What Is Tech Sales, And How Much Does It Pay?

3 months ago   •   8 min read

By Sam Saulsbury

Not to mention – how to break into it.


With over 13 million salespeople estimated to be working in America, sales is one of the largest industries in the country, but no segment of sales has been growing faster than tech sales.

Tech sales is also one of the most lucrative sub-industries within sales. Sellers at the highest level regularly clear $250k, and some even clear $500k. For this reason, as the labor market has heated up, many people are looking to transition into tech sales, but tech sales isn’t for everyone.

In this blog, we’ll give you a top down overview of the basics:

-What tech sales is

-Tech sales career paths

-How much different tech sales roles pay

-Pros and cons of a tech sales career

-How to break into tech sales

What Is Tech Sales

A quick definition of tech sales is any sales role involving the sales of new technology. That said, tech sales as it has commonly come to be known is not, (in most cases) calling people over the phone and selling them computers or iphones.

Instead, tech sales has come to encapsulate the salespeople that work for primarily B2B (business-to-business) companies selling, for the most part, SAAS (software-as-a-service) technology.

The modern economy has largely become underpinned by this technology. Though it may not come to mind first when you think of tech, nearly every sector of the economy is touched by cloud services, payment platforms, productivity software, and other SAAS tech.

That’s where tech sales comes in. As a tech salesperson, you’d be one of the salespeople pitching companies on new services that can increase their bottom line, giving you a rare route into the most lucrative industry in the world without necessarily needing a programming degree.

What Do Tech Salespeople Do

Tech sales falls under the umbrella of what we’ll refer to as modern sales. This isn’t Glengarry Glen Ross. You aren’t calling individual people on the phone and trying to convince them to buy something they don’t need like luxury kitchen knives.

Due to the technical nature of the industry, a tech salesperson is instead expected to build a pipeline of companies which their product could add value for, inform relevant individuals the companies of their products’ capabilities, and steer them to buy.

This means having a deep understanding of your company’s products. It’s this technical knowledge, as well of the scale of the revenue, that makes tech sales such a sought after and highly paid skill set.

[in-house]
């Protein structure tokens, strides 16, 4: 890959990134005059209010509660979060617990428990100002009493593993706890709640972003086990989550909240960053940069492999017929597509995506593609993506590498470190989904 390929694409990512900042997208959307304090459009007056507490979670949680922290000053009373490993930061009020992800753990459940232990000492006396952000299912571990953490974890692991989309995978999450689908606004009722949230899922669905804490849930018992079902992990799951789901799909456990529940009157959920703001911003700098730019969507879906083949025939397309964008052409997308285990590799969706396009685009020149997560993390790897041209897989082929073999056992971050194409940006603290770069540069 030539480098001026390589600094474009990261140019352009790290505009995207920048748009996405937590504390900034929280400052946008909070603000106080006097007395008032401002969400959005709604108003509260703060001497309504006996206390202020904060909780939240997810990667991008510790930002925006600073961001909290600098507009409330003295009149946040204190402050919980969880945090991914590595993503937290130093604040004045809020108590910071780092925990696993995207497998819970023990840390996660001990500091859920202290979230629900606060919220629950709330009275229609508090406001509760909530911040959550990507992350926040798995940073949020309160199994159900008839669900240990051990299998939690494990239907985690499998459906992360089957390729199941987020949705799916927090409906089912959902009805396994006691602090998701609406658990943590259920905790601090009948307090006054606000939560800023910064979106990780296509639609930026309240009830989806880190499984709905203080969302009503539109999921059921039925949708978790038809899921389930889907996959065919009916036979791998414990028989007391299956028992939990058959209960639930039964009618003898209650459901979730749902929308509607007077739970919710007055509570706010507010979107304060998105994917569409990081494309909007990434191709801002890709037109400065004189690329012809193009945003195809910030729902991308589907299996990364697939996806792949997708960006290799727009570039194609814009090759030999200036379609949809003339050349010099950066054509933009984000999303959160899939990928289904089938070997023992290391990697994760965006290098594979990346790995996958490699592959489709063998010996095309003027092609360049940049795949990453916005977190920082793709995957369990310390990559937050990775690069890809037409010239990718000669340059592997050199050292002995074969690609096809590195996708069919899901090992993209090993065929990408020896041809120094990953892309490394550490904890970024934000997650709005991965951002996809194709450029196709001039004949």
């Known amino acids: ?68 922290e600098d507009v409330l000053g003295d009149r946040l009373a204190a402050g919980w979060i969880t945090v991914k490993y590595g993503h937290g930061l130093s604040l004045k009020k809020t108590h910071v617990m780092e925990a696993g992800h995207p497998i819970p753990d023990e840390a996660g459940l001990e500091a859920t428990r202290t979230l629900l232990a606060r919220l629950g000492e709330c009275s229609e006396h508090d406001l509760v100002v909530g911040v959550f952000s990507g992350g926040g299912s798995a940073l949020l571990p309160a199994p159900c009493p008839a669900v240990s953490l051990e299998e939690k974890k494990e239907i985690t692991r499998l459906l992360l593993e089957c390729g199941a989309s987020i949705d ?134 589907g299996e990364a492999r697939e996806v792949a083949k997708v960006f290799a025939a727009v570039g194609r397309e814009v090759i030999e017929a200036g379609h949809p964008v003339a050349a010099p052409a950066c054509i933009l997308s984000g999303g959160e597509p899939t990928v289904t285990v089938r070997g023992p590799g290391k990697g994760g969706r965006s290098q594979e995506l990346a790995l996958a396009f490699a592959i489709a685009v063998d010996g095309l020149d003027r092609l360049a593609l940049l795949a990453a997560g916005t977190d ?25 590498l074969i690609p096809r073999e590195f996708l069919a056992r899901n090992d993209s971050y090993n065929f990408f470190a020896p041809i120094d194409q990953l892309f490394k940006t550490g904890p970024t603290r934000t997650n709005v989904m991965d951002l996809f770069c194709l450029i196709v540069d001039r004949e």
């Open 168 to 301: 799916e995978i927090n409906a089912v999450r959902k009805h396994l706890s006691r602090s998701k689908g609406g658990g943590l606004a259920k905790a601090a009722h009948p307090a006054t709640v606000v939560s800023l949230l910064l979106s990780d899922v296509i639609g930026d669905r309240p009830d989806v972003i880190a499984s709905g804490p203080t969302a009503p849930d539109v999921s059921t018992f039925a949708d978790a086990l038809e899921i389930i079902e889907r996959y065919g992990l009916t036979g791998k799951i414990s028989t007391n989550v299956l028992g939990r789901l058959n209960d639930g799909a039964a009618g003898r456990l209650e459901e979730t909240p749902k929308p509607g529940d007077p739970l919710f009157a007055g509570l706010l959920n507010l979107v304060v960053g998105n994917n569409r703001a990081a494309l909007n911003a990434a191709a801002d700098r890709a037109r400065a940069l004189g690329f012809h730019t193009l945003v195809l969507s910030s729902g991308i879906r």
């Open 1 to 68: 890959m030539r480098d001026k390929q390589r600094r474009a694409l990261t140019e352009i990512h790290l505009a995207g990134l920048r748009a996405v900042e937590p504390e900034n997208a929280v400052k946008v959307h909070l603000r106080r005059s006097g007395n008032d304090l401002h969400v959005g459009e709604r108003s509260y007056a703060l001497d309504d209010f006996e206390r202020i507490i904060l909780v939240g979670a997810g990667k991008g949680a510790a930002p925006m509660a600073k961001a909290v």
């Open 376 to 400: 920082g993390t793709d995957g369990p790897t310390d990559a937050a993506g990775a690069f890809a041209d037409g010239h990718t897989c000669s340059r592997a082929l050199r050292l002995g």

Tech Sales Career Paths

SDR/BDR: A sales development representative or business development representative is the near-universal entry-level role of tech sales. An SDR or BDR is responsible for qualifying inbound leads, or determining whether interested parties are able to buy, as well as finding outbound leads, or cold calling/emailing.

As an SDR or BDR, you’ll be a player on a sales team responsible for setting meetings with prospects that are ready and able to buy, so that your account executive can close the deal and notch a win.

AE: An account executive is a proven seller who is ultimately responsible for the closing of deals. An AE helps customers once they are well-along in the buying process, providing them with information and product demos, and negotiating a price to take the customer across the finish line.

This job appeals to salespeople that enjoy the thrill of the sale, and pays highly due to its rigorous and competitive nature.

AM/CSM: An account manager or customer success manager is one part salesperson, one part customer service rep. An AM or CSM is responsible for customers who have already purchased an SAAS software, and assists the customer in using it to ensure they renew their software rather than buy software.

Although it occasionally involves upsells, this is a job that rewards salespeople with soft skills and a desire to help. It is also generally less stressful than an account executive job, as your job performance is only dependent on helping existing customers have a satisfactory experience rather than tracking down and convincing strangers to buy something they don’t understand.

How Much Does Tech Sales Pay

With the particulars of the industry and the job taken care of, we’ll get to the fun part. Tech sales is a profoundly lucrative industry – it pays a lot.

An SDR working at their first tech sales job job may hit six figures if they hit quota. Not only that, but the payscale as you rise higher up the ranks grows exponentially.

In an Account executive role, you may make $250k, and while not the norm, it’s not unheard of for VPs of sales to clear over a million a year.

Ultimately, how much you’re compensated in a sales role depends on several factors: Your history of hitting quota, your job title, obviously, your technical knowledge and expertise, as well as the scale of the business that you’re bringing in.

Tech sales jobs are a booming sector of the economy, and despite recent tech industry headwinds, companies are still seeking out tech sales professionals at a brisk clip. From 2021-2022, sales pay skyrocketed nearly 40%. It’s still a tight labor market, and that’s great news for aspiring sellers.

Tech Sales Salary By Role

Tech sales’ exorbitant pay is a poorly kept secret, but employers still try their best. Luckily, Bravado has a network of over 200,000 sellers to pull data from, and with our recent partnership with CompGauge, we’ve assembled a massive dataset of sales salaries.